@Con 2011

by Mark Sombillo,

Way out west, Perth hosts Wai-con and Supanova. Adelaide has AVCon and Armageddon. Down south, Hobart has AI-Con and another Armageddon. Brisbane has Supanova and two renditions of Animania. Sydney, of course, has more variations of Animania and then Supanova and Armageddon. Melbourne hosts Armageddon, Manifest, Minifest, Supanova and Animania. That amounts to about 18 conventions a year, with dozens of mini gatherings and cultural events that incorporate promotion of anime fandom.

Now there's @Con (derived from A.T.-con or Anime Traders Convention), a new off-shoot convention brought to you by the guys from Manifest. Arguably, anime fandom is at a high, but it can be said that it hasn't been as profitable as in the past economically. How does the introduction of another convention, one which has both economic and fan related objectives, in a country saturated with them affect the playing field? We attended the one day convention to see if we can figure out an answer.

@Con was held in the University of Melbourne, as many other Manifest events were in the past, but this time they used a relatively new building outside of the main campus precinct. The classical architecture that was often adored by cosplayers for their photo shoots was replaced by modern facades and a main events theatre that looked like a starship bridge or a sterile meat grinder, depending on your imagination. The events were split into three levels; traders and main events in the basement, more traders and registration in the ground floor and auxiliary events like video games on the first floor.

As "traders" were the primary focus of this convention, we proceeded downstairs first to check them out. @Con was designed to be a companion convention to Minifest, which is held in the coming months. Minifest has always been a way of thanking the previous year's volunteers and is geared solely towards the fans. It had no trader presence until its merger with Doujicon last year, but even then, no big name commercial traders were available, only art traders. @Con was brought into line to address this gap and satiate the shopaholic side of being an otaku.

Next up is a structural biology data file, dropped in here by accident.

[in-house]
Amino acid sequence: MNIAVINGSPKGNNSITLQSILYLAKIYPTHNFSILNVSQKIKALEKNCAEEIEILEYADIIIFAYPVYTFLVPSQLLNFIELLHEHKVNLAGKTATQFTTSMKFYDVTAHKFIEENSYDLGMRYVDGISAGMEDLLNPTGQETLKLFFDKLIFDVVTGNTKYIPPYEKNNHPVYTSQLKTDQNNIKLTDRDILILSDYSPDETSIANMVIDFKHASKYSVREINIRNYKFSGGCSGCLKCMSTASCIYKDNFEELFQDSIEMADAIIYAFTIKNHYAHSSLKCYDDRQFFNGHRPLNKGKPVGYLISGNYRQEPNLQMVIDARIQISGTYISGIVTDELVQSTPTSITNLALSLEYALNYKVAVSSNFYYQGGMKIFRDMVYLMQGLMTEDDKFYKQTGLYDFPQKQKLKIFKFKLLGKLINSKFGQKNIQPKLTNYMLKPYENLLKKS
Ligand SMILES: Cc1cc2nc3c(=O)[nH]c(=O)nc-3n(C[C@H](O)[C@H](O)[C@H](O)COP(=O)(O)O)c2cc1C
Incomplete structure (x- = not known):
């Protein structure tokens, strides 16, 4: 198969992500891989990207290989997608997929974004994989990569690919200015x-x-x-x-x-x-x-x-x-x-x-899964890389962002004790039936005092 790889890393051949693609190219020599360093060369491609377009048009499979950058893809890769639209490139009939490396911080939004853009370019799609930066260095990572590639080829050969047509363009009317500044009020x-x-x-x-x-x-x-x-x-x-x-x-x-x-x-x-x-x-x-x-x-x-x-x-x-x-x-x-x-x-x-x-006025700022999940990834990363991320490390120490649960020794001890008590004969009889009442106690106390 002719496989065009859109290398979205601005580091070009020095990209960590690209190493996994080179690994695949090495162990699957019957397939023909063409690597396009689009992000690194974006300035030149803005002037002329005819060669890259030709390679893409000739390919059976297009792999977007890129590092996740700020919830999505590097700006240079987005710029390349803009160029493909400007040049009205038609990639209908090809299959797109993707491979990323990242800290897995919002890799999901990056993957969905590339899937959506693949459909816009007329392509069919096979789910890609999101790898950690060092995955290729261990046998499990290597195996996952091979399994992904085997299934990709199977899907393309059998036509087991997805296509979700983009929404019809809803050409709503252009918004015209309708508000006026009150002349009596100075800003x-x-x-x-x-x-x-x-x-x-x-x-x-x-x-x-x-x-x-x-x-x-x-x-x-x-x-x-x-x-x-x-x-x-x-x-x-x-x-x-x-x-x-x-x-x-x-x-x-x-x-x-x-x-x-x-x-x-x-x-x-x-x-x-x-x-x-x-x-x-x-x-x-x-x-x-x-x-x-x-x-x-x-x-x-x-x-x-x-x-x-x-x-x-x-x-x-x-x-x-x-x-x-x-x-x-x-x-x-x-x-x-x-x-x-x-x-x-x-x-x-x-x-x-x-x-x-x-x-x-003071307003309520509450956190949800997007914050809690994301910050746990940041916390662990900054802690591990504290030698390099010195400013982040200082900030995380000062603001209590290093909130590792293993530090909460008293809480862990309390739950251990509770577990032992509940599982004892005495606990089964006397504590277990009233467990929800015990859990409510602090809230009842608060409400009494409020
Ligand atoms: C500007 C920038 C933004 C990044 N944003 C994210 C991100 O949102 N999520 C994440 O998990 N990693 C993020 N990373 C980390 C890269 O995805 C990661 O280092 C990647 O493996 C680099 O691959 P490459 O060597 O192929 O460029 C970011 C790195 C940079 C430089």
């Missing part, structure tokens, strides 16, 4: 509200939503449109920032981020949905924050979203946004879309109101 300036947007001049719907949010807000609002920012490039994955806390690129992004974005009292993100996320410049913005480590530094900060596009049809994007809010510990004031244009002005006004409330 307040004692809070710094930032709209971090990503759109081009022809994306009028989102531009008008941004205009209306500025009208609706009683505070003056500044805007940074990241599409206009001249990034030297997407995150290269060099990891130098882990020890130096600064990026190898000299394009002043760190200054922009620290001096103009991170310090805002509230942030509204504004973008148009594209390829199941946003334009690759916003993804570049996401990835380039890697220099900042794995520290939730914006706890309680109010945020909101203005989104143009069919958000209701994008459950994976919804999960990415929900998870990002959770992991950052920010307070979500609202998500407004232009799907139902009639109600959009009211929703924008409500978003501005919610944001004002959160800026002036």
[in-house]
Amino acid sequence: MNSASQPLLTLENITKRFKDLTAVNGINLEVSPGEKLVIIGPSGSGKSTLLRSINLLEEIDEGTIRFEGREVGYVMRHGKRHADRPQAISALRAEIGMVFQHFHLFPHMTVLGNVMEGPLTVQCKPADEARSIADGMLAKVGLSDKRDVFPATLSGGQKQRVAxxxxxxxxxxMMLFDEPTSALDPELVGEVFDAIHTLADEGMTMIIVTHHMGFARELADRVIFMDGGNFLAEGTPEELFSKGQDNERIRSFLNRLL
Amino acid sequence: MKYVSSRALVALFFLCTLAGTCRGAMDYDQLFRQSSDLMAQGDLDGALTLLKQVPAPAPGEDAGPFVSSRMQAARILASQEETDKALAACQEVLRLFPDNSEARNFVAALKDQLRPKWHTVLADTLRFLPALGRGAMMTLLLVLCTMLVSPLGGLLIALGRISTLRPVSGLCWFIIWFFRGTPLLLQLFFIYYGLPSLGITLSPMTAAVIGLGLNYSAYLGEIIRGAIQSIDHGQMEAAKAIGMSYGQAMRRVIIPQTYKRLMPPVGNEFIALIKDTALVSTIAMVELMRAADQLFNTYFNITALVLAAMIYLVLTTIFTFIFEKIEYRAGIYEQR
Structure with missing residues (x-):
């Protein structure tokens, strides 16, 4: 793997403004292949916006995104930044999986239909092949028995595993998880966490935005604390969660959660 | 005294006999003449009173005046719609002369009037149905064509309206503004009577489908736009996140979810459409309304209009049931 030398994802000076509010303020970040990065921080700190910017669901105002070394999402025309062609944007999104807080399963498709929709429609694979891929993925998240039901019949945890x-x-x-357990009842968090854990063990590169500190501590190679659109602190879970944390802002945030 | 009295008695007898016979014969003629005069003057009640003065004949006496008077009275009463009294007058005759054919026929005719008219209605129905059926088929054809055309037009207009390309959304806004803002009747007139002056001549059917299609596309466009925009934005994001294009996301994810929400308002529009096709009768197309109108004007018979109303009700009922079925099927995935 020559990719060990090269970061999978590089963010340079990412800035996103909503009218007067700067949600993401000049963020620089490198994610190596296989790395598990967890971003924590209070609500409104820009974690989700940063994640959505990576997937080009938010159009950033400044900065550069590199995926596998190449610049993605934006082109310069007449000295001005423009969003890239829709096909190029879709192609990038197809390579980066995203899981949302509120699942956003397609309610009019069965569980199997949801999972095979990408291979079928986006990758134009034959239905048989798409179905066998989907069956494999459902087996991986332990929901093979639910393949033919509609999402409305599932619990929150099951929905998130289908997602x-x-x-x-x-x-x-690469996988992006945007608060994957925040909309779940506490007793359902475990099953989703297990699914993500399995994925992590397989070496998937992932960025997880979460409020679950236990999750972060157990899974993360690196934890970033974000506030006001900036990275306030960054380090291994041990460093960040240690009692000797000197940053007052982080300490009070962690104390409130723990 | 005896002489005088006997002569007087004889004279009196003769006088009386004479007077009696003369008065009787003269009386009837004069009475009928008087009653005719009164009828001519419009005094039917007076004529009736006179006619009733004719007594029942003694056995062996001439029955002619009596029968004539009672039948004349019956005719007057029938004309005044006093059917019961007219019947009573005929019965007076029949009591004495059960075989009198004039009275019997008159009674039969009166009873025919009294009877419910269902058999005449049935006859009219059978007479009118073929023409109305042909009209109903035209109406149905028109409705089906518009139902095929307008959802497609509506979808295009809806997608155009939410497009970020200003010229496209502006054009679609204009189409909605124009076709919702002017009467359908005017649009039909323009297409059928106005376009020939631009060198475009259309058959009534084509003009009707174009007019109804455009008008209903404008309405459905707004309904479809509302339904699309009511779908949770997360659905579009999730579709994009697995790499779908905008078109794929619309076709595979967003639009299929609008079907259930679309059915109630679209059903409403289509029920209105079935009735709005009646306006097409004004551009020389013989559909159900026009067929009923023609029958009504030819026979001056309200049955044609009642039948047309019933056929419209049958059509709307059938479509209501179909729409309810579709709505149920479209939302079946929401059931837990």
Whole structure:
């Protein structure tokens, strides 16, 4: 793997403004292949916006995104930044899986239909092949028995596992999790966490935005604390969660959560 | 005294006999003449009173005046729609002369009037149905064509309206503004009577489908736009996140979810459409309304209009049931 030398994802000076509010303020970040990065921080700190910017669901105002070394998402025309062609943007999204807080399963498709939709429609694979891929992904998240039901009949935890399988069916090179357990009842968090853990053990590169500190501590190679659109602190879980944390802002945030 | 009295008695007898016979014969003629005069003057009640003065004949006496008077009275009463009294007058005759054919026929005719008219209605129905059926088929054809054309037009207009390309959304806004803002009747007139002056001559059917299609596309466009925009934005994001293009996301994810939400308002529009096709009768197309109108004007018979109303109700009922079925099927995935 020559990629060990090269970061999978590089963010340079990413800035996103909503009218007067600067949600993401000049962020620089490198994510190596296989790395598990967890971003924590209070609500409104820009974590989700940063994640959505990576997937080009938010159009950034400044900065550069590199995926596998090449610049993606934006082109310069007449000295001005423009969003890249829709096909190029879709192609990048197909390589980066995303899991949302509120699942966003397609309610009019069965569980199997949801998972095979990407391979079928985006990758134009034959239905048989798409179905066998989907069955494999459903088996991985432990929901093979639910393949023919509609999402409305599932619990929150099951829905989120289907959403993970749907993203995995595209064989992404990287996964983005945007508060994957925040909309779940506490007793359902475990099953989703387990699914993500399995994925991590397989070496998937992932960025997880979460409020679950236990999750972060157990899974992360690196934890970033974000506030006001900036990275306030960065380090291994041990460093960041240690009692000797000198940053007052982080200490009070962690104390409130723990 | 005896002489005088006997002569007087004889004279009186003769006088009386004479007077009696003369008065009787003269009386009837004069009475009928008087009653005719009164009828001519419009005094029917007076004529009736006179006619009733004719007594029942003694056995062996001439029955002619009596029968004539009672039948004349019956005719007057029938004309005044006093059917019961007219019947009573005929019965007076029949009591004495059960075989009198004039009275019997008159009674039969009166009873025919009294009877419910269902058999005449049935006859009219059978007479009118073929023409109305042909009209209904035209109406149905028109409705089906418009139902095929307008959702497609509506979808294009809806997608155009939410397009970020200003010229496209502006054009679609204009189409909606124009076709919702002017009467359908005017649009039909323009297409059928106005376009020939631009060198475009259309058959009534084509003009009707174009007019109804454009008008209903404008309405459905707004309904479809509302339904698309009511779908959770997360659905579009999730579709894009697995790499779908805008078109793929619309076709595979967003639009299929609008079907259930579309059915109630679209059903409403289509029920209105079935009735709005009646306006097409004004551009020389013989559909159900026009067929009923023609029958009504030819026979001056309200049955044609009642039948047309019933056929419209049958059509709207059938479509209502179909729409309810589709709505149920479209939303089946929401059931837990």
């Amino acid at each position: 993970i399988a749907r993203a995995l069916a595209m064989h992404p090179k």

Straight off the bat, I can say that it was disappointing. For a convention that's meant to be about traders, it seemed to be a bit thin with them. Indeed, there were two or three tables set up for traders ending up as no-shows. Big names like Madman were unrepresented. According to some long time fan traders who chose not to get a table, table prices were atypically high. Coupling this with the fact that this is a one day event and hence would logistically be uneconomical, it's not hard to understand trader hesitation to sign up.

Speaking to some committee members, the break even point of the convention was around the 500 attendee mark. With the final tally at over 700 attendees, @Con was a success at least where fan numbers are concerned. This was plain to see as people congregated and barely contained squeals when they found cosplayers in characters they adored, or found friends they only encounter during conventions. The day gave the anime fans of Melbourne yet another opportunity to make memories and new friends, with much fun and frivolity to tide them over until the next convention.

The main events included a cosplay parade, Iron Artist and karaoke. They were reasonably well attended and ran smoothly enough; Manifest staff have long experience in running these kinds of events by now and it would be hard for them to mess up. They can't be considered premier events which you'd normally expect from full conventions, however, though perhaps that's expecting too much for 6 to 7 hours of scheduling.

And therein lays the crux of the matter. The major conventions have expanded and moved to bigger and better venues, but they have all remained the same at their cores. @Con is the first in recent years to try offering a new(ish) angle to a population of anime devotees which, over a decade, has probably seen and done it all now. The general vibe beforehand was that @Con was going to be the same as any other convention, but the hype that the organising crew tried to peddle us seemed to indicate otherwise. So when people attended the convention and found it to meet only their barely-floating expectations, it becomes very easy to lump it into the "optional viewing" basket rather than "the must see events of the year". In truth, there was more fun had by the attendees by themselves than what was provided by the convention. The only difference between them organising their own get togethers and coming to @Con is that to get in, they had to pay for it.

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